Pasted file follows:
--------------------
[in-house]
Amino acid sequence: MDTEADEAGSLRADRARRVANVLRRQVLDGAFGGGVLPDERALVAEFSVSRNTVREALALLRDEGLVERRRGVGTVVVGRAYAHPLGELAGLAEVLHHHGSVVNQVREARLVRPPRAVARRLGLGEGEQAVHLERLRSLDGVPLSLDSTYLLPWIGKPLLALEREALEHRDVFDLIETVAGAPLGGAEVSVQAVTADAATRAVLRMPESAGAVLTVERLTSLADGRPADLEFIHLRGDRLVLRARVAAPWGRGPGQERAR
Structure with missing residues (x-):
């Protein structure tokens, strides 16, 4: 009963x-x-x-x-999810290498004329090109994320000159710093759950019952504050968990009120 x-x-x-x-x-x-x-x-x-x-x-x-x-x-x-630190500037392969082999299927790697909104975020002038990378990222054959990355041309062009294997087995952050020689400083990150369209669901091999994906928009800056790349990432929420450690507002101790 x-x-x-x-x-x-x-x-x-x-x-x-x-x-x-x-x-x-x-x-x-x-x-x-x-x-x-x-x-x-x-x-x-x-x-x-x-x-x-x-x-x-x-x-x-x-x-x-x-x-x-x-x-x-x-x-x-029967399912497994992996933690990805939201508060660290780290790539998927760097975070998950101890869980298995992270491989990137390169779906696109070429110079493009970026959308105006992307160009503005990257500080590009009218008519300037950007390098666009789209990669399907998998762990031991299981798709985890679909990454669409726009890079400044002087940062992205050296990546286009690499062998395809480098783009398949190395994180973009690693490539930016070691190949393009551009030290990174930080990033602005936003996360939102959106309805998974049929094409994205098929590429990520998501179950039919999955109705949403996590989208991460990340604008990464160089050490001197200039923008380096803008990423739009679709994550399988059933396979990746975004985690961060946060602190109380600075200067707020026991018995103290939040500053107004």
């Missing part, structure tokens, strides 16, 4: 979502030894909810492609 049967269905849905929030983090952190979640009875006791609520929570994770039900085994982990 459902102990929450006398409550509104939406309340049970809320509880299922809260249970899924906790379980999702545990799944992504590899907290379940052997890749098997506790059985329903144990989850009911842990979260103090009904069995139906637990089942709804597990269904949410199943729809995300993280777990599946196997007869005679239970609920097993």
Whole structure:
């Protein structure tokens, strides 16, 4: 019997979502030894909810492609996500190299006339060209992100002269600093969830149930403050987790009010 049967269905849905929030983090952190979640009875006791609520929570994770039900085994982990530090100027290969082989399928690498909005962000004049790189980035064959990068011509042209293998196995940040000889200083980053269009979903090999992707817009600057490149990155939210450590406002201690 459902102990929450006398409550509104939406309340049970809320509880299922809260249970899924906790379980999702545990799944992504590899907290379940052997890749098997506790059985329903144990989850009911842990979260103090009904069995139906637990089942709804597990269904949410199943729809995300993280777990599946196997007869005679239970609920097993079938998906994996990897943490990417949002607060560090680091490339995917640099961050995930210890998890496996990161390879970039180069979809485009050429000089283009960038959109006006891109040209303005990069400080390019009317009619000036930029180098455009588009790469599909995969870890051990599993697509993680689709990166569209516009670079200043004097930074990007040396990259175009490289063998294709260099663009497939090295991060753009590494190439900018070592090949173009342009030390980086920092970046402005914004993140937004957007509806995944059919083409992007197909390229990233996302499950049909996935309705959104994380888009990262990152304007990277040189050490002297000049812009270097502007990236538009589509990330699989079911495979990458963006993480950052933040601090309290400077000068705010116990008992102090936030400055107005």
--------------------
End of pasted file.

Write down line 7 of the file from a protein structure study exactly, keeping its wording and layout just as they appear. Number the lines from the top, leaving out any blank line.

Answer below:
């Protein structure tokens, strides 16, 4: 019997979502030894909810492609996500190299006339060209992100002269600093969830149930403050987790009010 049967269905849905929030983090952190979640009875006791609520929570994770039900085994982990530090100027290969082989399928690498909005962000004049790189980035064959990068011509042209293998196995940040000889200083980053269009979903090999992707817009600057490149990155939210450590406002201690 459902102990929450006398409550509104939406309340049970809320509880299922809260249970899924906790379980999702545990799944992504590899907290379940052997890749098997506790059985329903144990989850009911842990979260103090009904069995139906637990089942709804597990269904949410199943729809995300993280777990599946196997007869005679239970609920097993079938998906994996990897943490990417949002607060560090680091490339995917640099961050995930210890998890496996990161390879970039180069979809485009050429000089283009960038959109006006891109040209303005990069400080390019009317009619000036930029180098455009588009790469599909995969870890051990599993697509993680689709990166569209516009670079200043004097930074990007040396990259175009490289063998294709260099663009497939090295991060753009590494190439900018070592090949173009342009030390980086920092970046402005914004993140937004957007509806995944059919083409992007197909390229990233996302499950049909996935309705959104994380888009990262990152304007990277040189050490002297000049812009270097502007990236538009589509990330699989079911495979990458963006993480950052933040601090309290400077000068705010116990008992102090936030400055107005």